Re: [rtcweb] Microsoft tells W3C and IETF what we are doing no signs of offering real world interoperability

Matthew Kaufman <matthew.kaufman@skype.net> Mon, 06 August 2012 21:52 UTC

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From: Matthew Kaufman <matthew.kaufman@skype.net>
To: Justin Uberti <juberti@google.com>, "Cullen Jennings (fluffy)" <fluffy@cisco.com>
Thread-Topic: [rtcweb] Microsoft tells W3C and IETF what we are doing no signs of offering real world interoperability
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Date: Mon, 6 Aug 2012 21:51:55 +0000
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Subject: Re: [rtcweb] Microsoft tells W3C and IETF what we are doing no signs of offering real world interoperability
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From: rtcweb-bounces@ietf.org [rtcweb-bounces@ietf.org] on behalf of Justin Uberti [juberti@google.com]:

> In fact, I think the primary novel features of this proposal are:
>
> - SessionDescriptions are true objects, instead of wrappers around SDP

More important, there is no SDP Offer/Answer state machine within the browser. A developer who desires SDP Offer/Answer semantics may implement that in Javascript or server-side. This is as opposed to JSEP, which includes a particular SDP O/A state machine within the browser, thus requiring it to be interoperable with other SDP O/A state machines both within other vendor browsers as well as existing SIP+SDP equipment and software.

> - Additional control over the ICE Agent
>
> However, no use cases have yet been outlined that require this functionality.

I believe that there are several use cases, including interoperability use cases, where our proposed solution is more likely to be able to meet all edge cases.

An example would be recovery from call setup in the face of a browser page reload... a case where the state of the browser must be reinitialized, leading to edge cases where it becomes impossible with JSEP for a developer to write Javascript that behaves properly in all cases (because without an offer one cannot generate an answer, and once an offer has been generated one must not generate another offer until the first offer has been answered, but in either case there is no longer sufficient information as to how to proceed). While SDP O/A is a useful abstraction for trunk interconnection of peer endpoints, we do not believe it is a good choice for the Javascript API surface.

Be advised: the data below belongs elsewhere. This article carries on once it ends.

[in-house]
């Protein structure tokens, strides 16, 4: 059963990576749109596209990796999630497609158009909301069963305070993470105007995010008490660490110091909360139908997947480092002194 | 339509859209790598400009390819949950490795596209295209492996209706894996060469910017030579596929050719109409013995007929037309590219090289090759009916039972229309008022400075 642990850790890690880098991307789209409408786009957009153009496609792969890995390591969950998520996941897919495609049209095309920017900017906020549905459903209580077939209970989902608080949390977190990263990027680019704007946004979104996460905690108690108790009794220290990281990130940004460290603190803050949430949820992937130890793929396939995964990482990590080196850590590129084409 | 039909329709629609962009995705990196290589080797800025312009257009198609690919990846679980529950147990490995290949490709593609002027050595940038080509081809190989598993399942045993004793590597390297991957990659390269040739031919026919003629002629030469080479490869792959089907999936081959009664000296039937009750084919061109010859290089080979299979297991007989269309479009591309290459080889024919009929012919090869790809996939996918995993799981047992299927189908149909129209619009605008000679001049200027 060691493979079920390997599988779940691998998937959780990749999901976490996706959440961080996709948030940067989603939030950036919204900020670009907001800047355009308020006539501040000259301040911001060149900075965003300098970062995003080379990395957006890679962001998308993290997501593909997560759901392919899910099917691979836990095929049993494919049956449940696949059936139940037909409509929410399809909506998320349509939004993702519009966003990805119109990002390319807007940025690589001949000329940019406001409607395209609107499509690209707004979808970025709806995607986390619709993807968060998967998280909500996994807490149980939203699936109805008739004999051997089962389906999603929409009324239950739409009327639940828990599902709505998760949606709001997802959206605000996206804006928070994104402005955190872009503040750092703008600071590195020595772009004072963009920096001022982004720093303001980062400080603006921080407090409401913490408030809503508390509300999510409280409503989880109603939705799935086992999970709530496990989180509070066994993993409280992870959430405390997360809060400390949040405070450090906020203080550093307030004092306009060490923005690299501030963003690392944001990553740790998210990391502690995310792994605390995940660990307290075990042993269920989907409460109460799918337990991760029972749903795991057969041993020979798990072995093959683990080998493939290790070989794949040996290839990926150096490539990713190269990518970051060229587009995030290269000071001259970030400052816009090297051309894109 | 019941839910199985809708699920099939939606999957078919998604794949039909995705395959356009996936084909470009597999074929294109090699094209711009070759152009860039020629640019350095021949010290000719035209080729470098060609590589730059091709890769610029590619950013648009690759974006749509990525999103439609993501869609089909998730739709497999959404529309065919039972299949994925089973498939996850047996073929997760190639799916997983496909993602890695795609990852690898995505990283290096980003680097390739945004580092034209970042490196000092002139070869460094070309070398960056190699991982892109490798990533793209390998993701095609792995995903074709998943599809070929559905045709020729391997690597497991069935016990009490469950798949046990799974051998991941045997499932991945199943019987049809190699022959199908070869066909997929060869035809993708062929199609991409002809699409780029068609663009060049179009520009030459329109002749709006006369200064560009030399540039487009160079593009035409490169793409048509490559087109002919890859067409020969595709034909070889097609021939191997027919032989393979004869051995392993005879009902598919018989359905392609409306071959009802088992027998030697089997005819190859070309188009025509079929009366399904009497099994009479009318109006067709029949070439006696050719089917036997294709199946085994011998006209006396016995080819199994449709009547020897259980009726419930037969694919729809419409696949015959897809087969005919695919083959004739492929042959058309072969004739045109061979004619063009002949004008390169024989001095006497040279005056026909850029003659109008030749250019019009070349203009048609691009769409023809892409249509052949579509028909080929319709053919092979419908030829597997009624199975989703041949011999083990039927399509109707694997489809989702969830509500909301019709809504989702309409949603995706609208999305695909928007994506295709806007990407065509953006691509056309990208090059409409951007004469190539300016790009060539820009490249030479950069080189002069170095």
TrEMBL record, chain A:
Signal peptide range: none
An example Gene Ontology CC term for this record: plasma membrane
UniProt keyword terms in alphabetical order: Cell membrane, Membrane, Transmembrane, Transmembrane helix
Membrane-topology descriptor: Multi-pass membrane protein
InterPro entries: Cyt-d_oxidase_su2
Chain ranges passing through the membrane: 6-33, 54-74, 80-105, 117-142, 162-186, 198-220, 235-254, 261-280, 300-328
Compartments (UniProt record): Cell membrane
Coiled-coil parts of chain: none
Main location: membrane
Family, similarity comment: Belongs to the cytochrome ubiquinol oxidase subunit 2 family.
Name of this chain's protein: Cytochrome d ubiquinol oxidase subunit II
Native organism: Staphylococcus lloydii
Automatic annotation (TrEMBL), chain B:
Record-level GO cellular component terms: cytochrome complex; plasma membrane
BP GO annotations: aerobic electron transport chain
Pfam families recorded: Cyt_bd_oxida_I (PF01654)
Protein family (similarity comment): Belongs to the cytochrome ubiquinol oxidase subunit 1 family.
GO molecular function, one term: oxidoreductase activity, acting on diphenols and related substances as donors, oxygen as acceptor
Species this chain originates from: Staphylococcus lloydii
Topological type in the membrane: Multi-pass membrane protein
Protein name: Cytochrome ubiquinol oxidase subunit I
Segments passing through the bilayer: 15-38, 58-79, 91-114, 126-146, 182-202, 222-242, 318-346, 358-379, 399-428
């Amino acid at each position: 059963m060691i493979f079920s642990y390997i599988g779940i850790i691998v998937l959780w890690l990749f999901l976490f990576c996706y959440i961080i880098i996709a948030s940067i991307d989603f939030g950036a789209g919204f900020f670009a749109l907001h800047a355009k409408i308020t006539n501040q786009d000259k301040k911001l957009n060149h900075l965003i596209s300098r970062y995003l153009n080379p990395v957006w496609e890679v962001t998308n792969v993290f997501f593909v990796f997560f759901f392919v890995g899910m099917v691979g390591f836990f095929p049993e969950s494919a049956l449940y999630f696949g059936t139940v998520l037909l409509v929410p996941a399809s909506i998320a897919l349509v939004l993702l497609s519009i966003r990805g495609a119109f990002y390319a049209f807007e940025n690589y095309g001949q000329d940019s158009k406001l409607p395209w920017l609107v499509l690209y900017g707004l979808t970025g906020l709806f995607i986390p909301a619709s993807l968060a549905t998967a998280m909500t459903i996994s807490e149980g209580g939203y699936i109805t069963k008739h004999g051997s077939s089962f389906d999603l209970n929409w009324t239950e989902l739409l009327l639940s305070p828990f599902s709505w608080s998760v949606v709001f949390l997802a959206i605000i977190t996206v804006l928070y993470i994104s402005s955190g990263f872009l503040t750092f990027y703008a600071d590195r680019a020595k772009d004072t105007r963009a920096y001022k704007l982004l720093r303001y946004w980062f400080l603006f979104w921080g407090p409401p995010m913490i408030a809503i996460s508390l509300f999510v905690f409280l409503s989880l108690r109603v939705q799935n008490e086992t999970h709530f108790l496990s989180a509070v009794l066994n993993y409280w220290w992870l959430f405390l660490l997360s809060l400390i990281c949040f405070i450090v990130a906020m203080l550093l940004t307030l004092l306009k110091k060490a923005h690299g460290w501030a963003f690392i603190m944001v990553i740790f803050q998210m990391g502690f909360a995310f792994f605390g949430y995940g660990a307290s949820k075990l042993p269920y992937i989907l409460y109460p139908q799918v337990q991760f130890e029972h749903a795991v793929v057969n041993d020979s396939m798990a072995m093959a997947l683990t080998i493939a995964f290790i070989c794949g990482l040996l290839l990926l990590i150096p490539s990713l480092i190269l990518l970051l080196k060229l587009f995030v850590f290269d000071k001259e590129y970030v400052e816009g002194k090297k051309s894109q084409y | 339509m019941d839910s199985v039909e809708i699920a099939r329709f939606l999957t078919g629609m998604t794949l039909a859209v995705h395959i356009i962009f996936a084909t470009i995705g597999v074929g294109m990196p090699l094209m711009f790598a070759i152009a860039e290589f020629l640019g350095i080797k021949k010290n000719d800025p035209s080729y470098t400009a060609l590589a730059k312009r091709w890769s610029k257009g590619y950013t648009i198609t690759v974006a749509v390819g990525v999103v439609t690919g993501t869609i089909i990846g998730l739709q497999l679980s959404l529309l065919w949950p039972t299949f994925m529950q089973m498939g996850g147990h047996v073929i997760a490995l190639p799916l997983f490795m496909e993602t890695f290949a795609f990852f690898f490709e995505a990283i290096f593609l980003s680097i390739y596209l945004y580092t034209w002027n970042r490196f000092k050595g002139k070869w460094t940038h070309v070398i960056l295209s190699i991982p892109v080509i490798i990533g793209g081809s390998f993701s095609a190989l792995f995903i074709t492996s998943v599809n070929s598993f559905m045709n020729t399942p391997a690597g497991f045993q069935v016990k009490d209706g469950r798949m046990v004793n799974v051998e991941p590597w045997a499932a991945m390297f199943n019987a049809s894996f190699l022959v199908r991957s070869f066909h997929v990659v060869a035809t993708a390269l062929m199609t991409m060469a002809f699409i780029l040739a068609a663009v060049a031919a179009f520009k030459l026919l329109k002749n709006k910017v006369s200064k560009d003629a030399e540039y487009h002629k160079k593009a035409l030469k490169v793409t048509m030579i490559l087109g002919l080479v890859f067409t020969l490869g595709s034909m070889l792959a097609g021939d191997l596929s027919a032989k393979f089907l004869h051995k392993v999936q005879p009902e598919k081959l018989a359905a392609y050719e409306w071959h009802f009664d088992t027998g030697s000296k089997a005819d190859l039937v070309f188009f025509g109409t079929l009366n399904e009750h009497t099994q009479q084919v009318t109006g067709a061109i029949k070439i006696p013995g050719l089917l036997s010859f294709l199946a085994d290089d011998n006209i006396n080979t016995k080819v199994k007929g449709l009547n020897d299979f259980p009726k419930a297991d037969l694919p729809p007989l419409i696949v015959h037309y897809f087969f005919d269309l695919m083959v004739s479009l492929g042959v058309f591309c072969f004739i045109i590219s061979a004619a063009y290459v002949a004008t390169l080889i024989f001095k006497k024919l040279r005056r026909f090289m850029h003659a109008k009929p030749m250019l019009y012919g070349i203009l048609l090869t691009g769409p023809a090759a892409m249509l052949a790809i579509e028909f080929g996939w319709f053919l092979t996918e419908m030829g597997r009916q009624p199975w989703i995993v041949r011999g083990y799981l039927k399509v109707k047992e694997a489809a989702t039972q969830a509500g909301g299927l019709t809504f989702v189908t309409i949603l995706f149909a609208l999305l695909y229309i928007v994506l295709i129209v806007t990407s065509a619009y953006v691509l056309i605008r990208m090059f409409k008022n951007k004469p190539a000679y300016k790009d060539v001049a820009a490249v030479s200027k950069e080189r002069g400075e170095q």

Likewise, baking in one ICE implementation is likely to lead to interoperability failures when it is found that it has subtle incompatibilities with other deployed applications, whereas our proposal would allow the developer of the web site or supporting Javascript library to code around these issues once RTC-capable browsers are already fielded.

In addition to these differences that fall out of not baking in the full ICE and SDP O/A state machines, our proposal provides several other capabilities, including hooks that allow a developer to customize their application's response to changing network conditions... an area which is currently completely unaddressed in the current WebRTC draft.

I wouldn't be surprised if the existing use-case document(s) is (are) inadequate to describe situations where, for instance, a developer might wish to prioritize video quality over frame rate, or drop video in order to continue audio, but that just means that we all need to provide more input on those documents as well.


Matthew Kaufman